Thirdly: stimulus. The third reason is just as important as the other two, but deceptively so because it seems to offer “soft” or indirect benefits to your business. The third reason to diversify is so that you remain fresh and stimulated as a creative professional. Asking yourself to diversify actually involves laying down a creative challenge to yourself to think differently, to get out of the routine of the familiar; to pause, take stock and be creative all over again; even if your enterprise is successful. Why should you do this? Remember we observed that creative enterprises, unlike many other businesses, tend to be for life. We tend not to start them with the expectation that they will grow, mature and then go on for ever. However, creative enterprises go through the same life cycle stages of growth, maturity and decline, or stagnation that any business goes through; and they need to be re-energised from within; whereas other businesses might be refreshed and regenerated through a succession of new owners. The third reason, serves the dual purpose of ensuring you don’t go stale and of ensuring you have fresh creative and entrepreneurial challenges; but also of increasing the likelihood that your enterprise will be re-energised and re-generated from within, thus making it more successful and more sustainable.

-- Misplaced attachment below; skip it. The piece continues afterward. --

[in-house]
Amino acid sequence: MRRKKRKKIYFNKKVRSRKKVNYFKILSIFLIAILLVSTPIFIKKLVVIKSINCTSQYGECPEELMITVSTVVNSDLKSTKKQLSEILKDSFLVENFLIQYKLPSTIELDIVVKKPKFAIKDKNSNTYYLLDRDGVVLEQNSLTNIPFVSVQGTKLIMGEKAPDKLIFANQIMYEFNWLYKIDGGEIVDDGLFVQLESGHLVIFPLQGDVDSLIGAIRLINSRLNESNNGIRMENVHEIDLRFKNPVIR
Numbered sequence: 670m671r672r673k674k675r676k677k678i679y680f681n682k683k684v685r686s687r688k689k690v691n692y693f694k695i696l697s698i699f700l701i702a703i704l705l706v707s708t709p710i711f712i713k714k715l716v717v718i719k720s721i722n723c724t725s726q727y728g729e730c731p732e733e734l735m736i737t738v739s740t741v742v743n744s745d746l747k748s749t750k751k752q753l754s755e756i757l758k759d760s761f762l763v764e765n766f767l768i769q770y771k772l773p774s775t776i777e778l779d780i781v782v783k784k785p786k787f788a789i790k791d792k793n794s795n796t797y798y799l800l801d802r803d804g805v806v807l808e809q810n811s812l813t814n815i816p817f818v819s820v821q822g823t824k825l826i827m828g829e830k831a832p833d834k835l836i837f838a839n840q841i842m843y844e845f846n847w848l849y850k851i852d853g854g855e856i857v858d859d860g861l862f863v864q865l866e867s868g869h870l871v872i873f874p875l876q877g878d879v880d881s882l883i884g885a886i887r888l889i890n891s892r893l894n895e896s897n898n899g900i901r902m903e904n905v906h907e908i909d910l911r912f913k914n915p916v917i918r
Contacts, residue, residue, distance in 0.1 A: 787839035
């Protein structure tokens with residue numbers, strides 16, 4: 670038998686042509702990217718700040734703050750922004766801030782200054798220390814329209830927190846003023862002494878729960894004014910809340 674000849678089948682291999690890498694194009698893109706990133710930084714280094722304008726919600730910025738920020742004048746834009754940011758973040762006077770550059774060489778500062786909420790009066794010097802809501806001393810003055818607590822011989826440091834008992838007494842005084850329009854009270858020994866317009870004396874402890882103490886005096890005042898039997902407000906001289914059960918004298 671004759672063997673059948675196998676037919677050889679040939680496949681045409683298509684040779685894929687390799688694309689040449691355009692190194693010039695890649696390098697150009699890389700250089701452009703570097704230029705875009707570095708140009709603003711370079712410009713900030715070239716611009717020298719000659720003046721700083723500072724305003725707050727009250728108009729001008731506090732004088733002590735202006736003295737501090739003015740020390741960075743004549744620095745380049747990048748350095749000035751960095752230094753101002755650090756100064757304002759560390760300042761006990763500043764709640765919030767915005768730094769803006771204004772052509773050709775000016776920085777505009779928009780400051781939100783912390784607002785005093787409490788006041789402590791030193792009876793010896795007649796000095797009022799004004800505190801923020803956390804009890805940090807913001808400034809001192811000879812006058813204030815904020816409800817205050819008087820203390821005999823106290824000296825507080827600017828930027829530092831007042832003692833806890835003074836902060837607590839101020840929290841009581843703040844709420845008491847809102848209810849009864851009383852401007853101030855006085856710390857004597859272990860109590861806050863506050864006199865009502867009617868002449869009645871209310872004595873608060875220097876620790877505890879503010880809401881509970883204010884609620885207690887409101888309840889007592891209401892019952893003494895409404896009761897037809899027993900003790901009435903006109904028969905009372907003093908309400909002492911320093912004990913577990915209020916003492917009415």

The what, where and who of diversifying

Now let us turn our attention a little to the what (your products and services), where (your market places) and who (your clients or customers) of diversification.

Diversifying what services and products you offer starts with the premise that you might not have fully tapped the business potential of your creativity, skills and experience. As you started your creative enterprise by turning something that you love doing into something that others can pay you for, the diversification question asks whether there is more potential in your own talent pool that has not yet been tapped. Once you have identified the things that have potential to be added to your business offering, then it is time to make smart choices about which are more likely to become profitable and which are not.